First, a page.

'It's not a crime to put slurry on grazing ground, but there is a better option'

Kevin O Hanlon spreading slurry on his farm at Ballywilliam, Co Wexford Photo: Roger Jones
Kevin O Hanlon spreading slurry on his farm at Ballywilliam, Co Wexford Photo: Roger Jones
Ciaran Moran

Ciaran Moran

Slurry is an extremely valuable source of nutrients on livestock farms and farmers must make the most of it, according to respected fertiliser specialist Stan Lalor.

The former Teagasc researcher who now works for GrasslandAgro told farmers at a recent farmwalk in Clare that 1000 gallons of thick cattle slurry is worth the equivalent of a 50kg bag of 5-5-30.

"When you consider your slurry as a bag of fertiliser you start to put a value on it.

"Most livestock farmers have a tank of slurry that is sitting there its produced by the cows over the winter and contains a lot of nutrients those nutrients are potentially valuable.

However, he warned that 'watery slurry' doesn't have the same horsepower in terms of NPK.

"Farmers need to be aware that 1000 gallons of material that is 50pc slurry and 50pc water is only going to be 5-2.5-15. So you will need to adjust your slurry application rates up a bit if you are producing this type of slurry."

Silage

Lalor noted that slurry was a particularly valuable commodity on farm when it comes to maintaining the soil fertility of silage ground.

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"If you think of the P and K levels on slurry at 5units of P and 30units of K.

The ratio there is about 1:6 which is very close to the ratio to the ratio required for a silage crop," he said.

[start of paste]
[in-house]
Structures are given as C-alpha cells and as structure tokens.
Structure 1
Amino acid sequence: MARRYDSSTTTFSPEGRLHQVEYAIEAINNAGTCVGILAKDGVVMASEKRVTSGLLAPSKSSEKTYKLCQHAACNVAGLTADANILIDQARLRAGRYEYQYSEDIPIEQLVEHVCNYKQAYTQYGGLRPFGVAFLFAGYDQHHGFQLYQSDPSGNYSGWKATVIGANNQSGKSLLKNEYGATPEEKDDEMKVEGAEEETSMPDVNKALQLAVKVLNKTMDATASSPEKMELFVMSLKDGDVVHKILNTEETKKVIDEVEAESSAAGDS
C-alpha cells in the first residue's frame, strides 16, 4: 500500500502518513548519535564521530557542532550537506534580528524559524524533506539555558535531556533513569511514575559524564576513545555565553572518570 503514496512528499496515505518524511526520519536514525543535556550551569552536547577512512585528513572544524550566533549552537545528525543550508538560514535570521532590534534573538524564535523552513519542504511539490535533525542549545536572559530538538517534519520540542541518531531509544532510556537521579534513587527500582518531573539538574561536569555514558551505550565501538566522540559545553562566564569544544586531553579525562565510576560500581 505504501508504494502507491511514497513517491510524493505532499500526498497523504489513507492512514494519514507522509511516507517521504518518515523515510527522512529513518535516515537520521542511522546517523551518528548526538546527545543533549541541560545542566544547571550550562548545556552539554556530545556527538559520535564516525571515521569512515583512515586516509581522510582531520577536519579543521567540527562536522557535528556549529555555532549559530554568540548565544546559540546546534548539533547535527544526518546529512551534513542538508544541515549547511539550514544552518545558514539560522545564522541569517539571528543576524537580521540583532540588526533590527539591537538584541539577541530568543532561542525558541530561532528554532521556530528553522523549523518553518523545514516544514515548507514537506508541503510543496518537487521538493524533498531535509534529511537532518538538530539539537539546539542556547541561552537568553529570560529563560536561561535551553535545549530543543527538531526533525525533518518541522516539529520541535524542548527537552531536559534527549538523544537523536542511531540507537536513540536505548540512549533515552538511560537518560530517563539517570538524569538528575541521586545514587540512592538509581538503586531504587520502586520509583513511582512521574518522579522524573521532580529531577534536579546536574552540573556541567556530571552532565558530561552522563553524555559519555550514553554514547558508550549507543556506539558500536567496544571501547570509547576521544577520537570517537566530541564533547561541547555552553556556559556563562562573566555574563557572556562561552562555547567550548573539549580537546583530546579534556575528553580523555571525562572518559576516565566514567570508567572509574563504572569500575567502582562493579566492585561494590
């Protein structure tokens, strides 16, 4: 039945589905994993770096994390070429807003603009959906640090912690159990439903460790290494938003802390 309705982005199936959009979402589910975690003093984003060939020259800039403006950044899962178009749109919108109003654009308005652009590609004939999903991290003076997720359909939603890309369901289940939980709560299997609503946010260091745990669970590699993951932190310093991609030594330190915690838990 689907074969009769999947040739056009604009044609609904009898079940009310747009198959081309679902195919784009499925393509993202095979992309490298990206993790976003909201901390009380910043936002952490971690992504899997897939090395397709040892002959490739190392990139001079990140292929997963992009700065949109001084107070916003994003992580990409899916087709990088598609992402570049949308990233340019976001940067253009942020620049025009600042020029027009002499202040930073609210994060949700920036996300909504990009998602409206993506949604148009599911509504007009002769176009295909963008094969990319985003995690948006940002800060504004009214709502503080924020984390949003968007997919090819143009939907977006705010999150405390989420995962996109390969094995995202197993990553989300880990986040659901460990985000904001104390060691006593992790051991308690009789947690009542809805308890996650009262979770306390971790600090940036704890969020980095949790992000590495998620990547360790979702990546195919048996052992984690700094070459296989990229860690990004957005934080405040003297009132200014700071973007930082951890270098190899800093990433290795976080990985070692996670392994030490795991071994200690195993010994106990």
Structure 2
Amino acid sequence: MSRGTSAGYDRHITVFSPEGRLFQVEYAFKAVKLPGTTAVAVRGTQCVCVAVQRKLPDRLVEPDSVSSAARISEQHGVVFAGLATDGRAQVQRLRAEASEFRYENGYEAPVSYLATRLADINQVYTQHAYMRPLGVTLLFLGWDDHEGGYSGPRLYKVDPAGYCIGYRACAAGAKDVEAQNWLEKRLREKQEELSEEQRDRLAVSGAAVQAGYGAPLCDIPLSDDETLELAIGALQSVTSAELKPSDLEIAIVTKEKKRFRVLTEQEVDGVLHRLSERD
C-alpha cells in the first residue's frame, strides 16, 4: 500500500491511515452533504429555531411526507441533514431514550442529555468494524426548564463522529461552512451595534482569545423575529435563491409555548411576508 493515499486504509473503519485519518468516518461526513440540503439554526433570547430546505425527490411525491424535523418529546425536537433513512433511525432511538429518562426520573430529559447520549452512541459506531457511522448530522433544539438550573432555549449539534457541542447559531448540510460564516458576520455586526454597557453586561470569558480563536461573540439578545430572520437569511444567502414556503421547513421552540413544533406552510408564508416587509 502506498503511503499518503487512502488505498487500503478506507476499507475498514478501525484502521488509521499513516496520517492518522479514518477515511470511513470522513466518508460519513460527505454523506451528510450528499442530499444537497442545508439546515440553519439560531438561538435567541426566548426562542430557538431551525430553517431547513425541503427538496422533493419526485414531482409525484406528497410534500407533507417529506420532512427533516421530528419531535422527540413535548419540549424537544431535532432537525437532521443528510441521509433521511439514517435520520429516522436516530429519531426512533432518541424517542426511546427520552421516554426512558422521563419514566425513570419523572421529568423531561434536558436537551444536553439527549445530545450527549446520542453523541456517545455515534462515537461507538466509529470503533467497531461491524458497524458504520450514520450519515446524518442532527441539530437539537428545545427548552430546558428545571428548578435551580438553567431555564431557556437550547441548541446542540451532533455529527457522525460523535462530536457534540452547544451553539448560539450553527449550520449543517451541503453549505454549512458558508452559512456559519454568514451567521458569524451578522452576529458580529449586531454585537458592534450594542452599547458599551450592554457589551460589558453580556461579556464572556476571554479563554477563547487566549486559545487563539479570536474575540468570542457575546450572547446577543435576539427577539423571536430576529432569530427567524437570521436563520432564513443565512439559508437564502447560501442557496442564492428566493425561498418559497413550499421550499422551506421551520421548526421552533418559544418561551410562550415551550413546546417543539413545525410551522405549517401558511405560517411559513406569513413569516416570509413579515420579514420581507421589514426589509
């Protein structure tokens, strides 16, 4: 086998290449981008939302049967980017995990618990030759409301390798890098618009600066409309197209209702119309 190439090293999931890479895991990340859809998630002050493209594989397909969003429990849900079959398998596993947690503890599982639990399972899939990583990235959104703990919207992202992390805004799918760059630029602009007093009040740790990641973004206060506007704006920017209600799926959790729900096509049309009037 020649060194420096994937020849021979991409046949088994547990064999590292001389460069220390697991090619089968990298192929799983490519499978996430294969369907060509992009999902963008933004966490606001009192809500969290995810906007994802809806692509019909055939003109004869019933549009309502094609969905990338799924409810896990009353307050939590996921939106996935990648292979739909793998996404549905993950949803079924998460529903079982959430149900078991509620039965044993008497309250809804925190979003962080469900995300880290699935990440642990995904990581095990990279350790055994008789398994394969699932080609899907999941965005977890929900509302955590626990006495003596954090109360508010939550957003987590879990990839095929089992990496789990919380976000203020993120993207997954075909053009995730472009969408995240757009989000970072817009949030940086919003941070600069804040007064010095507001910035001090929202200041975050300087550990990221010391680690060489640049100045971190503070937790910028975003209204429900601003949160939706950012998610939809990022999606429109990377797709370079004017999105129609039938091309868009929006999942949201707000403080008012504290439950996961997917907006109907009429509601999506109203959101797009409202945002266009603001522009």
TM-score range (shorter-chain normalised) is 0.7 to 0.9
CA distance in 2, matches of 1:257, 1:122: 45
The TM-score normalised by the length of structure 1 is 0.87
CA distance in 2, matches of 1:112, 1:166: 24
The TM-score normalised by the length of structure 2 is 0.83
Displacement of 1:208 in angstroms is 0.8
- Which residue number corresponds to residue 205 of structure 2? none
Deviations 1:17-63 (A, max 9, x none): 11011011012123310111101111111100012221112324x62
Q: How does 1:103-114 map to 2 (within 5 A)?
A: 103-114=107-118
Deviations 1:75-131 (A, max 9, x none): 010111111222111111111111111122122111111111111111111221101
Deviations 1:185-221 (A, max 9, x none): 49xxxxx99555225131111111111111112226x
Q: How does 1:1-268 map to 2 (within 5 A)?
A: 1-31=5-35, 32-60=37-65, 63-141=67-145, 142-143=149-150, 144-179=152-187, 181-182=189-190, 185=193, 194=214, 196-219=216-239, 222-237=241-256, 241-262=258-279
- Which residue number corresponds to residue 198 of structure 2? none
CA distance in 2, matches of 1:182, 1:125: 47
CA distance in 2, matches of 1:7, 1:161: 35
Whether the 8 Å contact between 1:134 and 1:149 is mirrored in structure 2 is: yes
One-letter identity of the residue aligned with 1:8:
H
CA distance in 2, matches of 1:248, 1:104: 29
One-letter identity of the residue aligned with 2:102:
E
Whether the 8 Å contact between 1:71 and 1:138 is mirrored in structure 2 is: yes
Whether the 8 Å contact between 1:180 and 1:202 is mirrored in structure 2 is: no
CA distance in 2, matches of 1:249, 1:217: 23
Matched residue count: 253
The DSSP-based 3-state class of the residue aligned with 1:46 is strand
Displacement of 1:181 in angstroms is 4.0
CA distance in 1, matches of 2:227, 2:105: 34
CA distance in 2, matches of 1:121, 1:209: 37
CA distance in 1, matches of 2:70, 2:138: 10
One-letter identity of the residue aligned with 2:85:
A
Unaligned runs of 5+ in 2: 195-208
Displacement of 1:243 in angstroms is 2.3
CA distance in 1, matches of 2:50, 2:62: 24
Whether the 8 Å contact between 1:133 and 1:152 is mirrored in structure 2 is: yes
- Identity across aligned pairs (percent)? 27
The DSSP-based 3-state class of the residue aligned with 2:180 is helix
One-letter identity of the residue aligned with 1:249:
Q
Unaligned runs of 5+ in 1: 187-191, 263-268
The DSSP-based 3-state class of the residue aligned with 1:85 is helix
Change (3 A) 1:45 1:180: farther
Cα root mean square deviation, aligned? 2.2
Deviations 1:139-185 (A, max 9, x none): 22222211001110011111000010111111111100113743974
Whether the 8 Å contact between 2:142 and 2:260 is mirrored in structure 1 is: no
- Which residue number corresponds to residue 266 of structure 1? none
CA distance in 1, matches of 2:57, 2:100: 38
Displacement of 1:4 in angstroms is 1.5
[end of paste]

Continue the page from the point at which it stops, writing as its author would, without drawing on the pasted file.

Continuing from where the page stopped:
He highlighted that to grow a tonne of grass for silage or grazing requires the same amount of nutrients out of the ground.

However, he stressed that the difference when you cut it for silage is you take all of the grass out of the field.

"When a cow grazes a paddock she leaves a lot of P and K after her as she is grazing.

"But with a baler or a silage trailer, you take it all out of the filed. You remove particularly a lot of K in a silage crop," he said.

"It's not a crime to but slurry on grazing ground. However, if you have slurry going on grazing ground you have pulled a lot of nutrients particularly potassium away from silage fields.

"If you don't do something to get that potassium back on the silage ground you will run down the fertility of the soil, he said.

Larlor said that it is his experience that often farmers find win their soil test results that the fields that were high particularly for K are close to the yard and getting a lot more slurry than others.

"The fields that are often low in K are those farther away and might be used a lot for silage.

"All other things being equal slurry and silage are well matched," he said.

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